Professional journalists face two significant challenges when working on stories. First, they generally are operating on a tight timeframe, often with a hard deadline that’s much closer than they’d like. Second, they now have access to more information from ever before, but it can be difficult to winnow that information down to the most useful and most accurate. You can help your organization’s reputation and educate journalists with white papers.
The need to provide journalists with white papers
Many companies and other organizations operate in settings that draw the attention of the media, and it’s not unusual to hear complaints that reporters and other media representative don’t always understand the issues they report about. For example, a company may do business in an industry sector that’s widely misunderstood by the general public, such as electric power. Most journalists do not have specialized training in the electric power industry, so when they cover stories, they may misunderstand or mis-state facts.
Connecting journalists with white papers
By developing a white paper explaining the particular issue or describing how a particular type of technology works, the companies can easily deliver information that will improve the journalist’s understanding of the issue.
An example might be that a local electric power supplier plans to work with a landfill to generate electricity from the gases resulting from decomposition within the landfill. That power supplier can supply local journalists with white papers detailing how those gases can be captured and burned to generate electricity. Their white papers might also explore common misconceptions about the process and point to the benefits it provides for the supplier and its customers, such as lower-cost generation and turning greenhouse gases into power.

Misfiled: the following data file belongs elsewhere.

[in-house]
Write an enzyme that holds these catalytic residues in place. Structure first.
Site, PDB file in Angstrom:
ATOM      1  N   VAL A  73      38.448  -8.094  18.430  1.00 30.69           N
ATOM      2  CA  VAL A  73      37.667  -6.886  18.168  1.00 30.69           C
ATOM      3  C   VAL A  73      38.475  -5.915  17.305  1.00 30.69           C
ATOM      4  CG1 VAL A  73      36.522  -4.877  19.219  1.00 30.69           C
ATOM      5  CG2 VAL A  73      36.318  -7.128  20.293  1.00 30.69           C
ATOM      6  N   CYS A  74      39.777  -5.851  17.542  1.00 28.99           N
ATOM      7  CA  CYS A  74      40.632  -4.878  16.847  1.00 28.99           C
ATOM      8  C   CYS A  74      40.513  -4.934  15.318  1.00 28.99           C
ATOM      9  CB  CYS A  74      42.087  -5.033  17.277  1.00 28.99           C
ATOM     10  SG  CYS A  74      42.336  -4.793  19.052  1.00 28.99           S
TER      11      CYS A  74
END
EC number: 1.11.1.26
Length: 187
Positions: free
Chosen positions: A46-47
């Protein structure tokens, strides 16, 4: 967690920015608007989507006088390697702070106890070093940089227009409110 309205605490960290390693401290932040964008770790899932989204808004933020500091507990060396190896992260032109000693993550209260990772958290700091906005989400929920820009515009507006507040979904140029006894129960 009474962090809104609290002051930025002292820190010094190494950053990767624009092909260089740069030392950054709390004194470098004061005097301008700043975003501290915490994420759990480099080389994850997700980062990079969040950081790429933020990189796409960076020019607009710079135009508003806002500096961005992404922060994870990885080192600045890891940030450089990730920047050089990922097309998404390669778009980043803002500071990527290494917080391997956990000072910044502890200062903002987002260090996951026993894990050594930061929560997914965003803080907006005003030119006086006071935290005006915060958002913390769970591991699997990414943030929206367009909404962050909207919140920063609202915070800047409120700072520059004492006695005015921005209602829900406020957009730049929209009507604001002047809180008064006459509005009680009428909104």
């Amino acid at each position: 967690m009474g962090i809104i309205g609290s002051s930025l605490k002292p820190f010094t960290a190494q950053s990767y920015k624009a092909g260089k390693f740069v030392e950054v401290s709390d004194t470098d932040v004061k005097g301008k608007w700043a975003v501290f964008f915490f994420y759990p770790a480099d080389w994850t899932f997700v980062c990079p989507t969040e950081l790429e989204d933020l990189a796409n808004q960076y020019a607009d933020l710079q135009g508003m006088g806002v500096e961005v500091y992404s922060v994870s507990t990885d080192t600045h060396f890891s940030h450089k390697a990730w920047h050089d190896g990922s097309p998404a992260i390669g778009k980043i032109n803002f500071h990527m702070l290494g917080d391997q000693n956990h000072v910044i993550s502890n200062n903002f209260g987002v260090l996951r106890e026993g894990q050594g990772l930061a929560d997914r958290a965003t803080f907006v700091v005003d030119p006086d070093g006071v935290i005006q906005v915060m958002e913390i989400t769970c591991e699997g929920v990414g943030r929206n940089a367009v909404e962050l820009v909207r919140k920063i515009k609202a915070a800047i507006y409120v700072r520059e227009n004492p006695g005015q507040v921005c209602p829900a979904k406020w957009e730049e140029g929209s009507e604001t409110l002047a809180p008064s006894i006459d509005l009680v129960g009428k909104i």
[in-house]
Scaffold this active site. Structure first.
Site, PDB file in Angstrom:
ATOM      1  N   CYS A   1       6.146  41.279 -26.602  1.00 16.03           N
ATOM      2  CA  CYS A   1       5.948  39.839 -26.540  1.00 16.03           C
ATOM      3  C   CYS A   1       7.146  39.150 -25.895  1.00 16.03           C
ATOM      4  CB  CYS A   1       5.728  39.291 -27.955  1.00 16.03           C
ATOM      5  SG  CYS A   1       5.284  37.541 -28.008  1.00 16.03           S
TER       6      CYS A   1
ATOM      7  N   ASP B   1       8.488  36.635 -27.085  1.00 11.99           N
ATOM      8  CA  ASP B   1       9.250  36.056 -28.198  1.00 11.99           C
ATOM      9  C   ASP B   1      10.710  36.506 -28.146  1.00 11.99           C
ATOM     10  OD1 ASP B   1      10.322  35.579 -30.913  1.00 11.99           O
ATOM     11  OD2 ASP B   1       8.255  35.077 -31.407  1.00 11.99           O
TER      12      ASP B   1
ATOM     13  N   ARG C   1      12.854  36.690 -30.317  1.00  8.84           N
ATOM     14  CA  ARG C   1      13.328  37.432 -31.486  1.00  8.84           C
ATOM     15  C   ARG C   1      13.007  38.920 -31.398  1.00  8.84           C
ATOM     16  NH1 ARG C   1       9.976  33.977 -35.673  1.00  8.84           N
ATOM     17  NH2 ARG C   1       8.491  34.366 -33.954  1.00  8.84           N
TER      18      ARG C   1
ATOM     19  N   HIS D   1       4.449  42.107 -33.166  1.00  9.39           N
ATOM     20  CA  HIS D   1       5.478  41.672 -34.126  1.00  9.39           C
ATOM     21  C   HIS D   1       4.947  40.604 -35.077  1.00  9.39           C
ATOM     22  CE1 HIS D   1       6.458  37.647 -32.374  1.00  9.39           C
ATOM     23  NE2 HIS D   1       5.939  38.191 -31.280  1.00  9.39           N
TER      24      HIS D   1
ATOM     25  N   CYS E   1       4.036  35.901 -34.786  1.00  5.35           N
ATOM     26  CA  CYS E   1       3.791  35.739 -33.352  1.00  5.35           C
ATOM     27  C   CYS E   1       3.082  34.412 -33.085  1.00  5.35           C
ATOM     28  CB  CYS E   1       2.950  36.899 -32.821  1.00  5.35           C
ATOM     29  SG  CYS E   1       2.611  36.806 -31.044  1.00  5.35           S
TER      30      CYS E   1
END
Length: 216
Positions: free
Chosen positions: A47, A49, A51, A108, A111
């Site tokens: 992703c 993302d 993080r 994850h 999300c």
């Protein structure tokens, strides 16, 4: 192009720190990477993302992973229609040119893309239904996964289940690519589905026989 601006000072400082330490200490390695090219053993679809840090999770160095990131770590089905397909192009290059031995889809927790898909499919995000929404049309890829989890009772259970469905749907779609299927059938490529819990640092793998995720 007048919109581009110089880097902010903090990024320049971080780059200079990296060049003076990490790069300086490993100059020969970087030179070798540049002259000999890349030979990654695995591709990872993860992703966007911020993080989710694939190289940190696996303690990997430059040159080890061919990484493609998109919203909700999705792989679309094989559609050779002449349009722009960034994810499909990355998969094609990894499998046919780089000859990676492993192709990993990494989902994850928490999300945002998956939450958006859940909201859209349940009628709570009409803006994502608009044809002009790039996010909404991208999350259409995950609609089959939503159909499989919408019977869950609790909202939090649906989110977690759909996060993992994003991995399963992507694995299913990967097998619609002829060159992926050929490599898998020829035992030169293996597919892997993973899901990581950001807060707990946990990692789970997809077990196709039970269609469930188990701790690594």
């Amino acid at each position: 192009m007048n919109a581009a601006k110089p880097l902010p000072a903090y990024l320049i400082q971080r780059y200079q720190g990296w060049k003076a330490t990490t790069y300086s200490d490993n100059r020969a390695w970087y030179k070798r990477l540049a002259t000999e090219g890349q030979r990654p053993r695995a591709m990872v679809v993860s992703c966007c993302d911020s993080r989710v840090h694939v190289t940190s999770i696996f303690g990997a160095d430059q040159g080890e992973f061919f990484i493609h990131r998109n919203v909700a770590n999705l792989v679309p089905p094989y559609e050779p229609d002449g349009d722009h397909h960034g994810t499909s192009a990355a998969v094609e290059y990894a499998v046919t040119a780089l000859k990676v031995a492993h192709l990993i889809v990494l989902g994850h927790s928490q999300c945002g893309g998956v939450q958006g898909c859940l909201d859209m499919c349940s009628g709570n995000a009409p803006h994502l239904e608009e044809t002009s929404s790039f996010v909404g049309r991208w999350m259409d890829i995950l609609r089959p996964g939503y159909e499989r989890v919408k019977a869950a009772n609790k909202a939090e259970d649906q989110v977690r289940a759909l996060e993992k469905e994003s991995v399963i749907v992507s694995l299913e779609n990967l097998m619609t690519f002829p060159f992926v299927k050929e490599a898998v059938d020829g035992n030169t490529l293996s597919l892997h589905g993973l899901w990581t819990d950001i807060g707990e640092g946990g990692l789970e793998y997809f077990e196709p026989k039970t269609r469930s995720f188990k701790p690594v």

Builds a working relationship
By providing useful information to journalists, the power supplier enhances its relationship with the journalist and builds a sense of mutual trust. When the journalist sees that the supplier is not only willing to provide information but can do so in layperson’s language, the journalist is more likely to reach out to the supplier in the future.
Sharing information about an issue
White papers and journalists are also a good combination when it comes to contentious issues. An excellent example was when our state’s governor and several key legislators made claims that school districts were spending too much on construction. They pointed to the average cost of schools in surrounding states, along with what it cost to build other types of buildings, and proposed legislation that would put severe limits on local districts and their ability to pursue construction projects.
Educating about both sides
Without any information countering the governor’s stance, many journalists simply accepted the claims at face value and reported them as though they were factual. A group of architects, contractors, engineers, and others who were involved with school projects came together to create an organization to educate legislators and journalists about the reality of school construction. We worked with them to create a white paper that explained why apples-to-apples comparisons with other states were impossible and misleading.
Keeping the messages simple
The paper was written in layman’s language and included charts comparing the state to surrounding states. It shared statistics from independent sources proving that what the state’s districts were spending was actually less than their counterparts in many areas of county. It also explored the complexities and challenges associated with school construction, detailing why, for example, a 100,000 square foot school costs significantly more to build than a 100,000 square foot warehouse.
A powerful tool
By equipping the journalists with white papers, the organization was able to encourage the media to develop more balanced coverage. Journalists were able to ask better questions of the legislators, spurring a more robust debate about the proposed legislation.